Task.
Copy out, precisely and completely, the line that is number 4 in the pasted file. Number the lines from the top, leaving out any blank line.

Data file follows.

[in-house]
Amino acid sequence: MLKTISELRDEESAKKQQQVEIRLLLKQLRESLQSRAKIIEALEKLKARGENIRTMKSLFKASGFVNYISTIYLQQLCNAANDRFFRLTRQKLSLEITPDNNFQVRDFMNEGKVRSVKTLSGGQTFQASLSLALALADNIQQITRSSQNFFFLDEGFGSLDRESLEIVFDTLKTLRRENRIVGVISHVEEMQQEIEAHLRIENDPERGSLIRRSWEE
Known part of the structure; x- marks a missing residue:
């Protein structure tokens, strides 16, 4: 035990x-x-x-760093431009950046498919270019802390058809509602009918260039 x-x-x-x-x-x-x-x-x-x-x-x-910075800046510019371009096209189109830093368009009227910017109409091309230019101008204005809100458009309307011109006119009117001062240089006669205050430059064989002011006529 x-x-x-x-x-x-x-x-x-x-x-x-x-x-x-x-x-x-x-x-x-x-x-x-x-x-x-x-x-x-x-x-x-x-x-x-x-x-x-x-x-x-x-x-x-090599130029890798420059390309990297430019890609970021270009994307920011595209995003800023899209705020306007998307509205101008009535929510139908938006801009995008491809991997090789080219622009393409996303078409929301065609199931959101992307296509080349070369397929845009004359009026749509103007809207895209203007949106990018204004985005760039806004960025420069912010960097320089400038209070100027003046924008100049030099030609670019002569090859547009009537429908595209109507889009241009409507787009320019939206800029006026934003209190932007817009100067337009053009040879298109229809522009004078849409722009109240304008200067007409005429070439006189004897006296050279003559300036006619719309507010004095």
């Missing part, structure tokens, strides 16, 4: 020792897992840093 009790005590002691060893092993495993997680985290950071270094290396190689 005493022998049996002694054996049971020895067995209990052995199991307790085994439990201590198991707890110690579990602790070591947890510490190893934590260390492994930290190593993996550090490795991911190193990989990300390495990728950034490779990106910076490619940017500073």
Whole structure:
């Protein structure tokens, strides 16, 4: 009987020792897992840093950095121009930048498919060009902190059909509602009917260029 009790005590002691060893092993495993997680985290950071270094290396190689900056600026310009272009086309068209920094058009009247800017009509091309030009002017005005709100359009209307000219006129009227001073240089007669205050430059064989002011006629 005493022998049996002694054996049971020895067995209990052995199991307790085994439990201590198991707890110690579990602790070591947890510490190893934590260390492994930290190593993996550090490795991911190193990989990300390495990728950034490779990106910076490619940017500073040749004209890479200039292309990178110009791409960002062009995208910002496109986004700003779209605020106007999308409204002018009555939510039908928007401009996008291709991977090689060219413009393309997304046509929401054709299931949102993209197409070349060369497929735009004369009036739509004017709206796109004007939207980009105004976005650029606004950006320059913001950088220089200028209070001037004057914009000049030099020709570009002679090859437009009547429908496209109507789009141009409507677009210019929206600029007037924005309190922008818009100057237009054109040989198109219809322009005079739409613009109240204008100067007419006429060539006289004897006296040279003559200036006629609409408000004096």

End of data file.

């Protein structure tokens, strides 16, 4: 035990x-x-x-760093431009950046498919270019802390058809509602009918260039 x-x-x-x-x-x-x-x-x-x-x-x-910075800046510019371009096209189109830093368009009227910017109409091309230019101008204005809100458009309307011109006119009117001062240089006669205050430059064989002011006529 x-x-x-x-x-x-x-x-x-x-x-x-x-x-x-x-x-x-x-x-x-x-x-x-x-x-x-x-x-x-x-x-x-x-x-x-x-x-x-x-x-x-x-x-x-090599130029890798420059390309990297430019890609970021270009994307920011595209995003800023899209705020306007998307509205101008009535929510139908938006801009995008491809991997090789080219622009393409996303078409929301065609199931959101992307296509080349070369397929845009004359009026749509103007809207895209203007949106990018204004985005760039806004960025420069912010960097320089400038209070100027003046924008100049030099030609670019002569090859547009009537429908595209109507889009241009409507787009320019939206800029006026934003209190932007817009100067337009053009040879298109229809522009004078849409722009109240304008200067007409005429070439006189004897006296050279003559300036006619719309507010004095």